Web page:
Baumeister is to be congratulated for flatly declaring that women commit the majority of domestic violence, but “women don’t hit strangers. That’s where the big gender difference in aggression is to be found.” And why is that? Again the author both intrigues and seems to hit the truth, writing: “Women care about what intimate partners think, and so they will fight there. Men will too. Women don’t care as much about what strangers or distant acquaintances think, and so they won’t fight them. Men care, and men will fight them.” Even more intriguingly, in the broader sphere of weaker social relationships among a larger group, men are both more aggressive and more helpful!

Inside many of our heads there may be a voice that asks, “Which is better?” The author does his best to put that voice to rest forever, noting that the answer totally depends on what the need at hand is: “The female style builds a few strong, close social bonds. The male style builds many weaker ones. Do you want a loving marriage with strong family ties? Then you need the female style. Do you want a work group like a ship’s crew or a hunting group or a soccer team? Then the male style will work better.”

The author goes on to brilliantly show that typical male communication styles are better adapted for the larger settings in which men specialize, while female communication is adapted for the more intimate settings on which they tend to focus. In a memorable passage, he asks us to “imagine a football coach saying, ‘Do you think maybe we could please try a screen pass here?… We don’t have to do it if anybody doesn’t feel good about it. I just thought it was something we maybe could consider….”

The author refutes the hoary old belief that culture is biased against women. It is true, Baumeister adds, that “culture… was made by men, for men.” This is natural because “[c]ulture emerged from groups of men competing against other groups of men.”

As a specific example of male disposability, Baumeister tells the chilling, utterly amazing story of how, after a long series of miraculous, nightmarish, courageous acts, his father became one of seven out of 150 German schoolboys from his military squad who survived World War II.

The tendency of males to be more extreme than females, both for better and worse, is explained, as the author puts it, by the fact that, “You can think of extreme traits as experiments…. Most experiments will be failures.” Men are more suited to be nature’s guinea pigs because “the experiment ends right away if it is done on the male [because there are no descendants of that male]” while, “It’s hard to weed out bad traits in the females, because most of the women reproduce.” In short, “Nature rolls the die more aggressively with males than females, because it is easier to capitalize on wins and cut the losses.”

As a logical corollary, manhood—unlike womanhood–must be earned and is permanently insecure. “It is… useful for a cultural system to maintain an environment in which there is not enough respect to go around, so that the men remain hungry for it, and must fight hard for it.”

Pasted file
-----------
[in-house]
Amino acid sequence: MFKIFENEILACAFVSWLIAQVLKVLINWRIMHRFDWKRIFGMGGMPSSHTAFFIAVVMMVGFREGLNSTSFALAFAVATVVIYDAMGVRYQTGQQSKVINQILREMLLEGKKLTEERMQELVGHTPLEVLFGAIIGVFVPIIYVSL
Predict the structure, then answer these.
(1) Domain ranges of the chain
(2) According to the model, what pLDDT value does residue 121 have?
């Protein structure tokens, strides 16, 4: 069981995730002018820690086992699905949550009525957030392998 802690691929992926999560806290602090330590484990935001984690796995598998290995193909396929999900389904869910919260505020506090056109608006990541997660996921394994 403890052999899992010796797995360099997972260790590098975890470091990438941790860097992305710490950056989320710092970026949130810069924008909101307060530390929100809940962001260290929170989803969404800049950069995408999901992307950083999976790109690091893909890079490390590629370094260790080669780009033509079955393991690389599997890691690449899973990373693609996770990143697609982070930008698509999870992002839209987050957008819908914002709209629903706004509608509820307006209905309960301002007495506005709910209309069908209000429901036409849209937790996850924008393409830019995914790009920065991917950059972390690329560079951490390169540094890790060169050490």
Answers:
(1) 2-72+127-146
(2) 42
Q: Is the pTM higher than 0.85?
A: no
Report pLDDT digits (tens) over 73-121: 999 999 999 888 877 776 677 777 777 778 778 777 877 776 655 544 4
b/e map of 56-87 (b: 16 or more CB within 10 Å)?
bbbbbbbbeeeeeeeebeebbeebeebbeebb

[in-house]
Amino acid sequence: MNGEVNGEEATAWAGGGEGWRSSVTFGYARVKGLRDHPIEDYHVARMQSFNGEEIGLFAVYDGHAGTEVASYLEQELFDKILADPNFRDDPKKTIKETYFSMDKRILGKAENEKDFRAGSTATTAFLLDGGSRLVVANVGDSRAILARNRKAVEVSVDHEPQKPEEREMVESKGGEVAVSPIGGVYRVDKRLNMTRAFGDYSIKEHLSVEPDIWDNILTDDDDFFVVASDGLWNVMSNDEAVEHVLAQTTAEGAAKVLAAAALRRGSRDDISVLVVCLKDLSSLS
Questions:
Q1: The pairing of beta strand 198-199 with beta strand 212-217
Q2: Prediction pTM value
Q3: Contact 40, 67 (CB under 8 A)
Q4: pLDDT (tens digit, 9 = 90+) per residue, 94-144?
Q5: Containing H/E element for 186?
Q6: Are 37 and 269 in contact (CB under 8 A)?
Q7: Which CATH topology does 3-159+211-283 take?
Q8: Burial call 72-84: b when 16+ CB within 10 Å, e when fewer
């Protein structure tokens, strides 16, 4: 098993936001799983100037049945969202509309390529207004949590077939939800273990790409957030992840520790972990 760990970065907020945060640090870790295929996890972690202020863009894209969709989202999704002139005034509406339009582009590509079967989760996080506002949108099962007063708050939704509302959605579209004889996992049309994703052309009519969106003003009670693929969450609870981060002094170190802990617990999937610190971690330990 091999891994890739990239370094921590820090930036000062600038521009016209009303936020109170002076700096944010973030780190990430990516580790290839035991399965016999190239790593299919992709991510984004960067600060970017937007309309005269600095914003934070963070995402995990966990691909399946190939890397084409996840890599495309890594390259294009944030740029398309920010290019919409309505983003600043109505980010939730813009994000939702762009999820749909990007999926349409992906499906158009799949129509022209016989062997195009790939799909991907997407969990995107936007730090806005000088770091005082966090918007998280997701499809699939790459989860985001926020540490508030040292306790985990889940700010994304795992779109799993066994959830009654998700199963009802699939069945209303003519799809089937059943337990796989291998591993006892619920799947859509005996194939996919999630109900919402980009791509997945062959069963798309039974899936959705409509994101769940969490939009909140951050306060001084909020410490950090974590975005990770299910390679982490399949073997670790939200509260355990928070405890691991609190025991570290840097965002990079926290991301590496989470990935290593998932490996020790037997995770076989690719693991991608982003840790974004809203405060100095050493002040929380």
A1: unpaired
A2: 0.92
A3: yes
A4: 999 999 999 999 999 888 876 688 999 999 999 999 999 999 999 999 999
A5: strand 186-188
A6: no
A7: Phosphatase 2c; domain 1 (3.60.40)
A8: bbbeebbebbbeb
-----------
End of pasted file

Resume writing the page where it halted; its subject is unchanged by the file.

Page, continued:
Baumeister pens the following fabulous sentence as a sort of summary of his book’s thesis: “The remarkable rise of the American society, from a baker’s dozen of bedraggled backwater farming colonies into the world’s greatest economic, military, and scientific power, owes much to the wide-open competitive opportunities for fame and riches that seduced countless men into giving it their best shot.” In short, “America became great because America found a new way of getting the most from its men.”

Toward the end of the book we get into some politically incorrect issues that are all too rarely discussed. “Women, perhaps especially thoughtful women, simply cannot fathom the strength of the male sex drive—and the ache of sexual frustration that pervades so many hours of a man’s life.” Again this is no accident. “Nature saw no point in letting men be happy with the sex they’ve already had. Over the ages, the male population descended from the most insatiable ones, who continued to pursue every opportunity for sex and who spent their lives trying to rise to the top of the social hierarchy so they could have more sex.”

Doubling around to again answer the question posed by the book’s title, the author notes that men’s achievements are valued more than men are valued. “One irony we have seen is that culture values men’s activities more than women’s but treats individual men as more expendable than women…. Being expendable is part of what makes men more useful to culture.”

In conclusion the author asks some very hard questions about the path of socially engineered gender equity on which we are embarked, which may lead us to “make men feel guilty rather than proud of many of their greatest achievements.” Baumeister asks with evident trepidation: “Can we reasonably expect that these next generations of men will continue to solve society’s problems, even as our society pressures them to step aside and let women and a few favored minority groups take all the leadership positions they want?… Can we expect them to continue doing the crucial and sometimes dangerous tasks that society needs somebody to do but that somehow women mostly don’t do, even as we tell the men that everyone is equally valuable?”

In the end, we may view these social trends as dangers on a par with our current environmental crises. “If our society does succeed in eliminating both the privileges and the obligations of manhood, it will be embarking on a remarkable social experiment.” Skip reading this book at your peril! A unique experience that deserves the highest possible recommendation.